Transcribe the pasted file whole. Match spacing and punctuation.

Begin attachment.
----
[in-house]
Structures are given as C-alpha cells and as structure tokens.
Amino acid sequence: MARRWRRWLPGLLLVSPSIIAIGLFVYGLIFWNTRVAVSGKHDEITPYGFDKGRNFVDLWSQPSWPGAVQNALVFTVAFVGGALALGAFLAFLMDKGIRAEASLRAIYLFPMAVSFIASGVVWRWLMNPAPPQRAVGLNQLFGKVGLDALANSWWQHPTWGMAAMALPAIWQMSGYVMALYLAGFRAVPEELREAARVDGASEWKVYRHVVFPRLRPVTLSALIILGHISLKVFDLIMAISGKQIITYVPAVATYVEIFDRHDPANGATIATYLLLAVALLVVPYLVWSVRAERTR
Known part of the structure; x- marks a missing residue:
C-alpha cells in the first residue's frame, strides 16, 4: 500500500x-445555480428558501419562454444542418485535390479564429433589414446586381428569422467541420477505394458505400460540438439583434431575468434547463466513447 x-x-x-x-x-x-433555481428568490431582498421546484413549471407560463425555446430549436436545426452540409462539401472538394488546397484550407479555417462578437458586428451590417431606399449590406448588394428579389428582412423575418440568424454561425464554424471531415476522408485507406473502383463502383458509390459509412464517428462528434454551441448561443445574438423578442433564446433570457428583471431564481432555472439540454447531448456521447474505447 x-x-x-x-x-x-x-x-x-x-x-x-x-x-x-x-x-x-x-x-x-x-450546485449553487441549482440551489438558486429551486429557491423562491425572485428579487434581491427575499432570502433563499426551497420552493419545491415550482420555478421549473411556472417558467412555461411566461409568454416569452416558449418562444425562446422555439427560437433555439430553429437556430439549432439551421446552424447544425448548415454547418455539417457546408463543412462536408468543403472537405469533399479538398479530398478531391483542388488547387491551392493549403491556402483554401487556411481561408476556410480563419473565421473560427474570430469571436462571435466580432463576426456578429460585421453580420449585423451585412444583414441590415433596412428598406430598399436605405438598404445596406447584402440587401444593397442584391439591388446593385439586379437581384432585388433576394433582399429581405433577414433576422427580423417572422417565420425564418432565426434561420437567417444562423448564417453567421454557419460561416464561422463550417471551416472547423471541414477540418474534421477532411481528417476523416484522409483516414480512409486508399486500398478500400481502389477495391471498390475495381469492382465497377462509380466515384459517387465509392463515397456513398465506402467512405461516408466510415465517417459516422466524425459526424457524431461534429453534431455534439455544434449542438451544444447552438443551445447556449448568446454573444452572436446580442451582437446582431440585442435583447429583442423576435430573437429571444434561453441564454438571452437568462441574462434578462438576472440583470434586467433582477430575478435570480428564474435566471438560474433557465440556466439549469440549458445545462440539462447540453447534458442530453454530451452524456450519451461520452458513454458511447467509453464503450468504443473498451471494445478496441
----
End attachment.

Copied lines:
[in-house]
Structures are given as C-alpha cells and as structure tokens.
Amino acid sequence: MARRWRRWLPGLLLVSPSIIAIGLFVYGLIFWNTRVAVSGKHDEITPYGFDKGRNFVDLWSQPSWPGAVQNALVFTVAFVGGALALGAFLAFLMDKGIRAEASLRAIYLFPMAVSFIASGVVWRWLMNPAPPQRAVGLNQLFGKVGLDALANSWWQHPTWGMAAMALPAIWQMSGYVMALYLAGFRAVPEELREAARVDGASEWKVYRHVVFPRLRPVTLSALIILGHISLKVFDLIMAISGKQIITYVPAVATYVEIFDRHDPANGATIATYLLLAVALLVVPYLVWSVRAERTR
Known part of the structure; x- marks a missing residue:
C-alpha cells in the first residue's frame, strides 16, 4: 500500500x-445555480428558501419562454444542418485535390479564429433589414446586381428569422467541420477505394458505400460540438439583434431575468434547463466513447 x-x-x-x-x-x-433555481428568490431582498421546484413549471407560463425555446430549436436545426452540409462539401472538394488546397484550407479555417462578437458586428451590417431606399449590406448588394428579389428582412423575418440568424454561425464554424471531415476522408485507406473502383463502383458509390459509412464517428462528434454551441448561443445574438423578442433564446433570457428583471431564481432555472439540454447531448456521447474505447 x-x-x-x-x-x-x-x-x-x-x-x-x-x-x-x-x-x-x-x-x-x-450546485449553487441549482440551489438558486429551486429557491423562491425572485428579487434581491427575499432570502433563499426551497420552493419545491415550482420555478421549473411556472417558467412555461411566461409568454416569452416558449418562444425562446422555439427560437433555439430553429437556430439549432439551421446552424447544425448548415454547418455539417457546408463543412462536408468543403472537405469533399479538398479530398478531391483542388488547387491551392493549403491556402483554401487556411481561408476556410480563419473565421473560427474570430469571436462571435466580432463576426456578429460585421453580420449585423451585412444583414441590415433596412428598406430598399436605405438598404445596406447584402440587401444593397442584391439591388446593385439586379437581384432585388433576394433582399429581405433577414433576422427580423417572422417565420425564418432565426434561420437567417444562423448564417453567421454557419460561416464561422463550417471551416472547423471541414477540418474534421477532411481528417476523416484522409483516414480512409486508399486500398478500400481502389477495391471498390475495381469492382465497377462509380466515384459517387465509392463515397456513398465506402467512405461516408466510415465517417459516422466524425459526424457524431461534429453534431455534439455544434449542438451544444447552438443551445447556449448568446454573444452572436446580442451582437446582431440585442435583447429583442423576435430573437429571444434561453441564454438571452437568462441574462434578462438576472440583470434586467433582477430575478435570480428564474435566471438560474433557465440556466439549469440549458445545462440539462447540453447534458442530453454530451452524456450519451461520452458513454458511447467509453464503450468504443473498451471494445478496441